Marketers are more aware of consumer offline behavior than they would have us think, writes Steven Jacobs, deputy editor at Street Fight magazine.

In a series of essays Jacobs published in 2014, he described how data was impacting the local technology industry; cloud-connected devices were giving rise to increasing information on offline, or so-called “local data.” Local data, notes Jacobs, could potentially assist “local marketers, sellers and economies” to “better compete with the ecommerce industry.” In fact, local data innovation is on the rise with digital marketers, among others, in developing products that are meant to resonate with offline marketers. Key players, such as Facebook and Google, are on board and looking at local data to measure how advertising impacts their properties.

Street Fight, in preparation for its second annual Local Data Summit on March 5th in Denver, Colorado, detailed how local data differs from other information, offering ways in which to understand how these datasets impact strategy in some key sectors. For example:

  • Big Data: In the private sector, the value of so-called “Big Data”—various applications implemented across industries—is widely accepted. Most—3/4—of corporations surveyed either have invested, or plan to invest, in big data initiatives over the next two years.
  • Local Data: Local data refers to information on questions a business or consumer may have when buying or selling goods or services locally. A consumer profile created from online consumer search behavior may let a marketer know about a consumer’s online travels, for example. Much innovation is being seen in local data collection. Take Seattle-based Porch, which raised $65 million in January 2015 for the expansion of its home services site, in part due to local data collection.
  • Web Data: Web data provides information on consumer online activity, but does not typically provide meaningful information about “purchase intent,” for example, to where a consumer visits in the real world.

Street Fight points out that, Marketers may look at consumers’ local shopping behaviors to determine shopping patterns that could be of help in their targeted marketing:

  • Where consumers shop
  • What consumers purchase
  • What purchases consumers plan in the upcoming week

Similarly, for “consumer-facing companies,” data collection on business may include:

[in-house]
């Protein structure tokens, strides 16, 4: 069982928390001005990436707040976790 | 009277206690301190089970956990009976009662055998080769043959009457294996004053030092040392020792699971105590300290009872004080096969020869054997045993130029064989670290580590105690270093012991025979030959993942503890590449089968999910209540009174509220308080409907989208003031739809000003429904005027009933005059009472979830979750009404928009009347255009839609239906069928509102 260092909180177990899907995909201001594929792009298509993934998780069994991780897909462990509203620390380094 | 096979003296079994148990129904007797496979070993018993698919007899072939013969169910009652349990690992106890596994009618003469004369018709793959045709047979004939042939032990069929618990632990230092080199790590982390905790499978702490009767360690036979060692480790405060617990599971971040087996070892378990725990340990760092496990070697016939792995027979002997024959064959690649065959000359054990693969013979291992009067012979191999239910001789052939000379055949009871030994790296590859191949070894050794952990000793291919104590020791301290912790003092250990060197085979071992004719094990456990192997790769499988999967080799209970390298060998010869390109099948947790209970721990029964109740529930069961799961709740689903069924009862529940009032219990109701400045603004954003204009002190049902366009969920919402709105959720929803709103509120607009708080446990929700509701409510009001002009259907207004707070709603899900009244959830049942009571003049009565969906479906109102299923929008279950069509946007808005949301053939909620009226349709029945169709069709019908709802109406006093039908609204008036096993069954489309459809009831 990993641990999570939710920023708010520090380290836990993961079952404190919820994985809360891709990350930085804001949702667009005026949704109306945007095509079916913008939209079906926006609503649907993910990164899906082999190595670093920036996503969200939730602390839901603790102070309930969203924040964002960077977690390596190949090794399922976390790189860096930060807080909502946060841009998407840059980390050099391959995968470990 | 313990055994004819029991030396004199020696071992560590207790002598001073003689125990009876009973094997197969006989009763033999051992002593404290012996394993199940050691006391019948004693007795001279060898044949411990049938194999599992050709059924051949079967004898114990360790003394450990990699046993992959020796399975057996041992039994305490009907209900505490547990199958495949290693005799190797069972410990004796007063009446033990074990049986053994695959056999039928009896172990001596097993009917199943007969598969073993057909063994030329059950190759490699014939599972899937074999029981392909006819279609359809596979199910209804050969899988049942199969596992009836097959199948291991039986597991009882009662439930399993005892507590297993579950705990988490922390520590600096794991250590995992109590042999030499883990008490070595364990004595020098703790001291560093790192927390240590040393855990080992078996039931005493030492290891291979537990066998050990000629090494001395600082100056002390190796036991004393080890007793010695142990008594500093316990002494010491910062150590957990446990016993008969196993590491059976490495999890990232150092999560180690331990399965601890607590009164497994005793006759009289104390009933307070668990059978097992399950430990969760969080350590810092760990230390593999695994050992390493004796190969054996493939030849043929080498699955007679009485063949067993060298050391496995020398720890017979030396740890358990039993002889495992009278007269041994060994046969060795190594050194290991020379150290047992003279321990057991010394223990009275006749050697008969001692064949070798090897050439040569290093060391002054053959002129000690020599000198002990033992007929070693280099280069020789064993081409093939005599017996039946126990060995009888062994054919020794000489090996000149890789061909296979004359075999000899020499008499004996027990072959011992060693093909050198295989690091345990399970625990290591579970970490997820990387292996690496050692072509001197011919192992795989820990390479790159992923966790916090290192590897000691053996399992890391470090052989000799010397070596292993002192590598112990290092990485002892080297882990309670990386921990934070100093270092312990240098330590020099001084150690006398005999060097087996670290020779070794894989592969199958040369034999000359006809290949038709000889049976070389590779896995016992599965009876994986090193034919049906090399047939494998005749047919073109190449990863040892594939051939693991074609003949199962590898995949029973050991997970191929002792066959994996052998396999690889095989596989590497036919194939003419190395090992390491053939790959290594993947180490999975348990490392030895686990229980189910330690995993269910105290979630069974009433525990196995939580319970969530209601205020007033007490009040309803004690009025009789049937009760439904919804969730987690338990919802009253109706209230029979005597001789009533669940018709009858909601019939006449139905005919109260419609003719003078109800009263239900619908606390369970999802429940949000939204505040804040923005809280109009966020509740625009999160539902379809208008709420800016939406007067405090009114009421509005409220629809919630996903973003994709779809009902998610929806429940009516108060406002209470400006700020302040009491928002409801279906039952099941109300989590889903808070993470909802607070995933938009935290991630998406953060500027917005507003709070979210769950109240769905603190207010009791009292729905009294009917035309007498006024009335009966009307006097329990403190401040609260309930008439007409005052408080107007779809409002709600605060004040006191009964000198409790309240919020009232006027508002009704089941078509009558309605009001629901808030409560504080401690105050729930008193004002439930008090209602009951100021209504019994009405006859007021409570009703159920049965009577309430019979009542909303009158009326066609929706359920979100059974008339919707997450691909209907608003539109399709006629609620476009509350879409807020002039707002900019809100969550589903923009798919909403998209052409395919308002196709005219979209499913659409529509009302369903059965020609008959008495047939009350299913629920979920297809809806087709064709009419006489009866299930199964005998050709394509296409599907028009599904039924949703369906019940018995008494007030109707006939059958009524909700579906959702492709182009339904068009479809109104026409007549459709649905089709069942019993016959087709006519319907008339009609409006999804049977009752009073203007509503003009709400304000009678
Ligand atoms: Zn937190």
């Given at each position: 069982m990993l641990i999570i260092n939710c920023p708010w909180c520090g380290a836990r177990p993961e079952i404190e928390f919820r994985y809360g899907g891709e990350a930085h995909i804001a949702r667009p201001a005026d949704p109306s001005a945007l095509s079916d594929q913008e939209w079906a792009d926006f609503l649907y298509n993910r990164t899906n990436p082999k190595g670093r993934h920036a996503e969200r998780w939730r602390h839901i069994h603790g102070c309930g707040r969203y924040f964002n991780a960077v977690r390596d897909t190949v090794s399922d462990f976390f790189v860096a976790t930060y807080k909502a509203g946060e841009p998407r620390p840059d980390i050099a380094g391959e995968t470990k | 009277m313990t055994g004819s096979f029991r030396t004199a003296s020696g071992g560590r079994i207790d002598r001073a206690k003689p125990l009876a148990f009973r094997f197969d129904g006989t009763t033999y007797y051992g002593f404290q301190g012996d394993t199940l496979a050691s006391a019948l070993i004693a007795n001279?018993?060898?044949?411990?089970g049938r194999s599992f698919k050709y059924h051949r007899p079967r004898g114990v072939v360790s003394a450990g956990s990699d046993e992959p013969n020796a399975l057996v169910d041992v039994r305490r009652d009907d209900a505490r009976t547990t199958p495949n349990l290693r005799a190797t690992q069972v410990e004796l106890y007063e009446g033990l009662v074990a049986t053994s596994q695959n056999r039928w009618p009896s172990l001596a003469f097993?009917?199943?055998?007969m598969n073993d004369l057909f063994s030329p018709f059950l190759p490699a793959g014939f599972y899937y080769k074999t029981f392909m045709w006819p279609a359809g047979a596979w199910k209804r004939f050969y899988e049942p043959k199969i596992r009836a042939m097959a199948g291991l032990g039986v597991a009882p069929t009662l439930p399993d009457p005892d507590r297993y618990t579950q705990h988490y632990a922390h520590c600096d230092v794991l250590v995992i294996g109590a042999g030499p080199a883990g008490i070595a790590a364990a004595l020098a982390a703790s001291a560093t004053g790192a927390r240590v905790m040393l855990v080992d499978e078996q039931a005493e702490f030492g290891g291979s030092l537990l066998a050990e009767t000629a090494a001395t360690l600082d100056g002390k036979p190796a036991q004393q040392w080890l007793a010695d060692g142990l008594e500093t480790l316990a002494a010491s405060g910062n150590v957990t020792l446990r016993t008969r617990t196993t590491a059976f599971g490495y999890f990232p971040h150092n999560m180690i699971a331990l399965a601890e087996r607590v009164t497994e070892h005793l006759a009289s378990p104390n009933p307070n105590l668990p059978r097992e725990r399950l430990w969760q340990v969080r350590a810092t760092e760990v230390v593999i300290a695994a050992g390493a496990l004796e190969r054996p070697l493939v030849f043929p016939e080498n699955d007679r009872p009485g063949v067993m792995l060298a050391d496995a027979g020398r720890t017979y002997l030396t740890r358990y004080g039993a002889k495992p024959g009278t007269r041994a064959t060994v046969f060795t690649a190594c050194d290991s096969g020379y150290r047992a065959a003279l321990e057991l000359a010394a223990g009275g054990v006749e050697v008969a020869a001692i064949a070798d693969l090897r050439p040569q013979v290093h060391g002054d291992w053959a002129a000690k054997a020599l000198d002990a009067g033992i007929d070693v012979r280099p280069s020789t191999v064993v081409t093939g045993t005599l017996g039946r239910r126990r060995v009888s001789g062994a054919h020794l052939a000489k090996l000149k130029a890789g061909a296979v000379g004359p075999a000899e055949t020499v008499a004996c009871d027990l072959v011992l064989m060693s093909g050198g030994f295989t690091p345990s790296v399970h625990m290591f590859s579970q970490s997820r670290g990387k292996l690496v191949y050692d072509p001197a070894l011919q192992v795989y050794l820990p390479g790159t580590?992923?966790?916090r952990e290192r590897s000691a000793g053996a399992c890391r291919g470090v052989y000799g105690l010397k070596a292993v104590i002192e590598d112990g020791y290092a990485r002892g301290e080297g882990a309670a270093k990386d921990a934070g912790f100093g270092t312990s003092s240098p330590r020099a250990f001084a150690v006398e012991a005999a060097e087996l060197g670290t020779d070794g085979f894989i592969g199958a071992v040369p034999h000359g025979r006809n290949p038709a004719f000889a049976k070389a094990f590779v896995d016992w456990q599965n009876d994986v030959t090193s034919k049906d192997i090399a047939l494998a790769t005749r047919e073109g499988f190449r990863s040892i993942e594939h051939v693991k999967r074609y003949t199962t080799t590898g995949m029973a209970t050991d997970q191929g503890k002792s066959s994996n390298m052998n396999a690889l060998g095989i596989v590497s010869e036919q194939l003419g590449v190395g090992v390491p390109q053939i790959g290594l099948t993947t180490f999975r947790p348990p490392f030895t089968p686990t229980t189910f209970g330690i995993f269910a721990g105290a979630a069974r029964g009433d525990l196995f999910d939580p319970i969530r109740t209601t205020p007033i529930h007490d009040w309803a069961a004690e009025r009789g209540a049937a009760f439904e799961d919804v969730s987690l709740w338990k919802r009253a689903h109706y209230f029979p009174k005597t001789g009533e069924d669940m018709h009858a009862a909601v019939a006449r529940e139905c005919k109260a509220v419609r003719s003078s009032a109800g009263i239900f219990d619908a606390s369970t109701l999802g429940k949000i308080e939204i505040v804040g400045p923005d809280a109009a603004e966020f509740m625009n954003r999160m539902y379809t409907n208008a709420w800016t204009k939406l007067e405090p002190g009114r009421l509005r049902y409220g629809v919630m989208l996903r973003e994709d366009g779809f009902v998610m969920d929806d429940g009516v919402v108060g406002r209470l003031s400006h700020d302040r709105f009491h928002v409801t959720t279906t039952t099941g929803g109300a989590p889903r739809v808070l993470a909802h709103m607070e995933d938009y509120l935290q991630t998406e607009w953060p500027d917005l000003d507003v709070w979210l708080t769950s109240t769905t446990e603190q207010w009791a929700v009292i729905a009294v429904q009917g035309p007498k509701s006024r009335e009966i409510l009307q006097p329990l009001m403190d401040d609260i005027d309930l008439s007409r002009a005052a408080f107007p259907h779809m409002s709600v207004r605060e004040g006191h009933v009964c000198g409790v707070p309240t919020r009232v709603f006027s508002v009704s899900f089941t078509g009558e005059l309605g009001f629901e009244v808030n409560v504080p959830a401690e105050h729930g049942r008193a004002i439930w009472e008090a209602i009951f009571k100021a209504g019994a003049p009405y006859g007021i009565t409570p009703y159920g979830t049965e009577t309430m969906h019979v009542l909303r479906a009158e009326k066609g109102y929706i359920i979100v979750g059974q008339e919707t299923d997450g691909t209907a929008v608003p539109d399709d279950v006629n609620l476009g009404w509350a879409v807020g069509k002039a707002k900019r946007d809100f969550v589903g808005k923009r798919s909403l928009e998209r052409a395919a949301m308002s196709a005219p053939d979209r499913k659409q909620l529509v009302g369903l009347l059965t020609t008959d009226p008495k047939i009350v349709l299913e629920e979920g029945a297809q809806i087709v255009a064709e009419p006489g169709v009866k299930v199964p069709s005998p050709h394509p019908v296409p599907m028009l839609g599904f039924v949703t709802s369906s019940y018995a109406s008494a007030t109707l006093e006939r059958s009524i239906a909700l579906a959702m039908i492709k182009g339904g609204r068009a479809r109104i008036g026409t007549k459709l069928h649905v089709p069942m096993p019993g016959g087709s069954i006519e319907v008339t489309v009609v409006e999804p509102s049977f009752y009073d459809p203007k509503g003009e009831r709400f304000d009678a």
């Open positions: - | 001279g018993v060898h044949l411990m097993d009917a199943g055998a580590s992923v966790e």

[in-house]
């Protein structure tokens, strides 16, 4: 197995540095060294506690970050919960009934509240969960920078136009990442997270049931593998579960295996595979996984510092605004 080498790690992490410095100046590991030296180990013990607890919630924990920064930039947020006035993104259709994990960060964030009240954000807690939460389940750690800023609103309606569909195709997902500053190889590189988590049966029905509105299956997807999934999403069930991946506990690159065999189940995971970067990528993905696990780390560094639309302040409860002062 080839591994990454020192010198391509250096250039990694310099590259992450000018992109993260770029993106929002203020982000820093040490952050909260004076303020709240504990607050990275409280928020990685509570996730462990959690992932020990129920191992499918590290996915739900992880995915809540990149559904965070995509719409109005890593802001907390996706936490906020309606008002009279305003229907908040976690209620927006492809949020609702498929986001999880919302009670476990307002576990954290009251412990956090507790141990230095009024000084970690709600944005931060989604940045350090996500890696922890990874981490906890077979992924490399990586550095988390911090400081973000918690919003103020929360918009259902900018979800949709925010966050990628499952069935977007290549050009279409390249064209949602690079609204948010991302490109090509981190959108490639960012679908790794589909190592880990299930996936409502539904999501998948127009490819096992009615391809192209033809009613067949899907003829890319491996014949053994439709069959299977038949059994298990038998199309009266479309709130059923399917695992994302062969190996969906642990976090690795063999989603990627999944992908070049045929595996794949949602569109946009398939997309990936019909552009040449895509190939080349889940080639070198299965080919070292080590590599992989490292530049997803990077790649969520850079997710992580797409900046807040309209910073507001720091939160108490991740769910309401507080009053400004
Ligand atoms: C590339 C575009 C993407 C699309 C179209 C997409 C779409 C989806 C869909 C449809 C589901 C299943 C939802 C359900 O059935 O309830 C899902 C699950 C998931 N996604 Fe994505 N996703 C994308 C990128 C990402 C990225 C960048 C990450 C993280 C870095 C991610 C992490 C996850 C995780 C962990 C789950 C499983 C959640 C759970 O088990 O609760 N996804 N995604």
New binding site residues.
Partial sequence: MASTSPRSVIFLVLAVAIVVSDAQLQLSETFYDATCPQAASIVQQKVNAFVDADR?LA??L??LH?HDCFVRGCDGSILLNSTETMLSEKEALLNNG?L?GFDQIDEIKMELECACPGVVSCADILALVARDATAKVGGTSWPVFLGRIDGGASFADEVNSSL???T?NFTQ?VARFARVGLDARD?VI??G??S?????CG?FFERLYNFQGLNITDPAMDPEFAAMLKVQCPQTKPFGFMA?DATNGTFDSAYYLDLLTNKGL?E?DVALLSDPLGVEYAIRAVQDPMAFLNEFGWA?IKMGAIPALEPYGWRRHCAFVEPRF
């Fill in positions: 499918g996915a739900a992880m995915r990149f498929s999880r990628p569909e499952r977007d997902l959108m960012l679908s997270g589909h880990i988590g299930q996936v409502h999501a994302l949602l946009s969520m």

• Which businesses sell what products?
  • For how much are their products sold?
  • Are the businesses “quality” businesses?
  • When are the businesses at their busiest?

Local data is able to expand beyond the Internet thanks to Cloud storage, which enables business to take all of the data—payment data from a vending machine, sales data from a store—and put that information into a database without the worries that surround more traditional data storage. In this way, businesses are able to implement ties between systems without technology issues, according to Street Fight.

Online, everything is in one environment, simplifying data collection and uniting what appears to be unrelated datasets. This enables marketers to measure information that has, until now, gone unnoticed and increasing mobility enables technology firms to tie these datasets. For example, startup Index, utilizes consumer smartphone-generated data to enhance the company’s consumer profile models for retailers based on credit card data. Index also uses mobile devices to deliver applications that put those data to use. For example, in the form of delivery discounts and in-store suggestions.

Marketers are also using mobile location and payment data to create improved local spending attribution models. Last month, Facebook introduced its now attribution product, Lift, which compares user buying behavior. In this case, for users shown an ad against an independent control group, thus enabling Facebook to access offline purchase data through a partnership with Oracle-owned Datalogix. This eliminates the need to rely on users clicking on an ad for an immediate online purchase, notes Street Fight.


Jacobs, Steven. Marketers Know Even More About Offline Behavior Than You Think; Street Fight Magazine. February 5, 2015.